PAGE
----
Starting a new project always requires a certain amount of setup, one of the primary goals of any development group these days should be continuous integration. This is something that is not expensive or time consuming to setup. Recently for a grand price of about zero dollars (except for my regular pay, so I suppose not truly zero dollars) I setup Team City, started a build process going, and got back to coding and research on next steps all within about 3-4 hours. Mind you, two of those hours was stuck on a dumb problem because I “clicked” the wrong option in a drop down box.
NOTE: Click on any of the images for a solid full size image via Smugmug.
Get Visual SVN Installed.
As with most things, just leave the port as is. INHO
Go ahead and leave the “Start VisualSVN Server Manager” checked so we can add a repository and all that good stuff.
This is the Visual SVN Microsoft Management Console plug in. By far this is one of the most .NET friendly, Visual Studio friendly ways to use Subversion. Go through and add your users, make sure one of them is your build account, and the respective groups that you want. Once you are done adding the accounts and groups add a Repository.
Notice once you add a repository that there are three directories within the repository.
Once you get your repository created right click on it to get the “Copy URL to Clipboard” option. This definitely beats needing to remember the path.
Once you do this make sure to add the Visual SVN UI to get the integrated VS.NET features.
As usual I go with the default c:\TeamCity for installation. I suppose if one wanted to follow closer to Microsoft standard installations they could go with c:\Program Files\TeamCity.
Leave everything here as is, unless you have something special in mind for you installations.
This is just fine too, no reason to change it.
For you security grognards, go ahead and stick it on whatever port. Hopefully though, security protects the build server externally of the server. There is no real reason to have a build server like this wide open for small group development. So better just to keep this server behind a firewall and just keep it setup with defaults.
This screen I’m not 100% sure what the reason for it displaying at this point is. These things are good defaults, so leave em’, hit save, and keep moving along.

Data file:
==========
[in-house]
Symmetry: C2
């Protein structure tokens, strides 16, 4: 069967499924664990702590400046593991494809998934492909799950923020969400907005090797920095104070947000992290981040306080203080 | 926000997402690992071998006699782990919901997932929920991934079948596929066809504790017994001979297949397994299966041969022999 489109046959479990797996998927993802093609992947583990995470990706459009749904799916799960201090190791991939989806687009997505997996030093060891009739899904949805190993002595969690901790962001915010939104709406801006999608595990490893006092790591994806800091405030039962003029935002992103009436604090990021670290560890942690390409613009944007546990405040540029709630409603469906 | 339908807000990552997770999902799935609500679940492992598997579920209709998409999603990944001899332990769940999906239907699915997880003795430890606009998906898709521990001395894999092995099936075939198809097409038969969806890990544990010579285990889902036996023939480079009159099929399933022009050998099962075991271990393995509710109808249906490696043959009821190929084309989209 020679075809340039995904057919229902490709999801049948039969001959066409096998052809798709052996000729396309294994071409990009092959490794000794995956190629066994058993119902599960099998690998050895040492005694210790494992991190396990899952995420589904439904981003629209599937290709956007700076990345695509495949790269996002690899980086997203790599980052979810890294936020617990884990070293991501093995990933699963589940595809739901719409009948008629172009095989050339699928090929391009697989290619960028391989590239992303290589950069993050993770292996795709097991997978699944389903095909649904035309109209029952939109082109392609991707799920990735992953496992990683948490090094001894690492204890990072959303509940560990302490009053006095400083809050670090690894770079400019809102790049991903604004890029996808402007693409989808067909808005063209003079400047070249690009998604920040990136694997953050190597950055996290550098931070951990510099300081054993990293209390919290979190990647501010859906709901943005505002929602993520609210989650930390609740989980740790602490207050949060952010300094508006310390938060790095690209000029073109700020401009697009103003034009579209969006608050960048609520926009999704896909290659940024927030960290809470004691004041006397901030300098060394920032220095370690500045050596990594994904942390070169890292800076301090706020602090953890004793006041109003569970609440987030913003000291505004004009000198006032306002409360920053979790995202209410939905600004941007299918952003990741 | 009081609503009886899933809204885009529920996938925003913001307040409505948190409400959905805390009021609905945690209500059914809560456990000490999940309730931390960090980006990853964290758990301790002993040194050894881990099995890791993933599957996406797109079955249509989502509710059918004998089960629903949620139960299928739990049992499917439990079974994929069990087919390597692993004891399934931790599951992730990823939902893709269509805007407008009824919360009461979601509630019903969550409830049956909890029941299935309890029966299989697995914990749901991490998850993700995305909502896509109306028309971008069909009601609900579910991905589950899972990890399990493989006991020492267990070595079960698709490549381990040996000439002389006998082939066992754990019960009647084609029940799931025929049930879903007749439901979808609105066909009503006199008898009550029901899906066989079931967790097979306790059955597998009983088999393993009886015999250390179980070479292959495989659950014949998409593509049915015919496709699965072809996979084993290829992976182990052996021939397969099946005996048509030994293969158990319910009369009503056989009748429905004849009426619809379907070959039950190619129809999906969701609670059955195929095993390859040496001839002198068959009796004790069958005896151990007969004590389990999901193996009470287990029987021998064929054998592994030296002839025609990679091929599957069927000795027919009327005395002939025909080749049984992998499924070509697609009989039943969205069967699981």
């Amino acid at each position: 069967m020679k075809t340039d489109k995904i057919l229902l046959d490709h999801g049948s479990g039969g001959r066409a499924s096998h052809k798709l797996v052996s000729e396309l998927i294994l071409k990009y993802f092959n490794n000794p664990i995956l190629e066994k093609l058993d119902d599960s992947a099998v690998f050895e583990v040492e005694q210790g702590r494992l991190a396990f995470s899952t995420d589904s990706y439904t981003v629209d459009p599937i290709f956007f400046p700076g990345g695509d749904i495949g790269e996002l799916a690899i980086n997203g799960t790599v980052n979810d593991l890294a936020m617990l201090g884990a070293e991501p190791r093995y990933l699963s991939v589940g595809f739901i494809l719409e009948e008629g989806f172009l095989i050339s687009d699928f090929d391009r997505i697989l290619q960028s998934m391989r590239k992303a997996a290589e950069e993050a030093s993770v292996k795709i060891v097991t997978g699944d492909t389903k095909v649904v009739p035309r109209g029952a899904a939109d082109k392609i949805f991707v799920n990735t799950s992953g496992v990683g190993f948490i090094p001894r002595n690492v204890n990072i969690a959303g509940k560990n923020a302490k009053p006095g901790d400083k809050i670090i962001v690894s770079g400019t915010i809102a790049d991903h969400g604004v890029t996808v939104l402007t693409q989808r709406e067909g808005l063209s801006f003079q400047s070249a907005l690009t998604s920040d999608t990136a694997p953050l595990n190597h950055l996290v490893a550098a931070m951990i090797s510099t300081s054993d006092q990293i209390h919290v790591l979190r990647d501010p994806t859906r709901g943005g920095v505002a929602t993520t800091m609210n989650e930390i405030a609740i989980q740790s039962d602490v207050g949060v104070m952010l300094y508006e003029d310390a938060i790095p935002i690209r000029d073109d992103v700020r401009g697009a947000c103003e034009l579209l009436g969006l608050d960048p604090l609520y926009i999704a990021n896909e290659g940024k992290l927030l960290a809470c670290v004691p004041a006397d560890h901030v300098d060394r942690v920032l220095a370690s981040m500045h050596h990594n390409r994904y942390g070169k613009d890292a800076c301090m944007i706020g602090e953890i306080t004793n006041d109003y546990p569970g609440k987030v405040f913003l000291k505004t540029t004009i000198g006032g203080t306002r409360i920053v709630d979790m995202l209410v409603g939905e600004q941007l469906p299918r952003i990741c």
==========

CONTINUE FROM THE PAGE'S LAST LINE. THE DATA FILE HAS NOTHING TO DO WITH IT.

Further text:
Starting the services will not require a reboot or anything like that. Jetbrains did an A grade job of the installation process for this software.
I always just leave the default check so that I can be sure the server and site are setup and running appropriately.
After you agree to the license the initial, one time only, Administrator Account Creation screen appears. So create your account and you’ll be sent straight to the functional administration site.
Now it is time for the build process setup. This is the good stuff. If you’re working on this via the local server, after you click on Administration (red arrow below points to it), the path is usually http://localhost/admin/admin.html for local setups. So it is handy to bookmark this URI. The little red arrow below points to where the Create Project button/link/function is. Click that and we’ll get rolling.
stuck this in here, because I don’t see things right in front of my face sometimes. Once you have one project already, the Create Project button moves to center screen (at least in FireFox). So don’t forget that and then not see it when you need it.
Name the new project, no description necessary, but always good to have one anyway.
If you don’t create a VCS root now, it will prompt during the build configuration setup. Since I don’t want any extra steps, I always just setup the VCS root first.
Enter the appropriate settings, check the screen shot below with the red tagged items for examples.
Once the connection information is in place, hit the “Test Connection” button toward the bottom to verify. A nifty little modal AJAX type dialog pops up to verify a good connection.
Go back to the project screen and click on “Create build configuration”. I found it somewhat confusing that the VCS root isn’t displayed below after creation, at least in the order I did the configuration. Maybe this is actually a bug, but I think somehow I circumvented the process somehow. Anyway…
The rest is a pretty straight forward next, next, next type of browser/web based wizard. First you’ll setup the general settings as below…
…then link the build runner up to the version control system setup earlier…
On the build configuration screen there is really isn’t much to fill out. Select the sln2008 Build Runner option. This will let you point this at a particular *.sln file of a solution to get the entire solution to build.
On the final screen hit done and you’re ready to go. Click on the upper right hand side on the run button. Then click on the Projects tab at the upper left hand side. This doesn’t particularly seem intuitive at this point in the process, but it is how the app seems to work. ( I highlighted this part as many seem to just scan over some key parts, namely this one )
After my ramblings, if you want to read more there are dozens of other blog entries on the topic. Each of these entries Some of these entries I’ve included, so read away…
- Source Control and Continuous Integration on the Cheap – Rob Conery
- Mass Code Auto – Team City
- Setting Up a Continuous Integration Environment (Preface) – Brian on Software
- Setting up a basic continuous integration server with TeamCity – Sebastian Lechance
- CruiseControl.NET is dead. Long live Team City! – Eleutian Speak ENG
- VisualSVN + TeamCity + Nant + Sql Server = A Great CI Solution – Pete Weissbrod
- Creating an XNA Build Agent for TeamCity – Nuclex
- Set up a Build Computer using Visual SVN, Team City, MsTest, Nunit – Laurent Kempe
- This is why you need TeamCity Build Server – Sammi Larbi
…and of course the actual product(s) and processes used.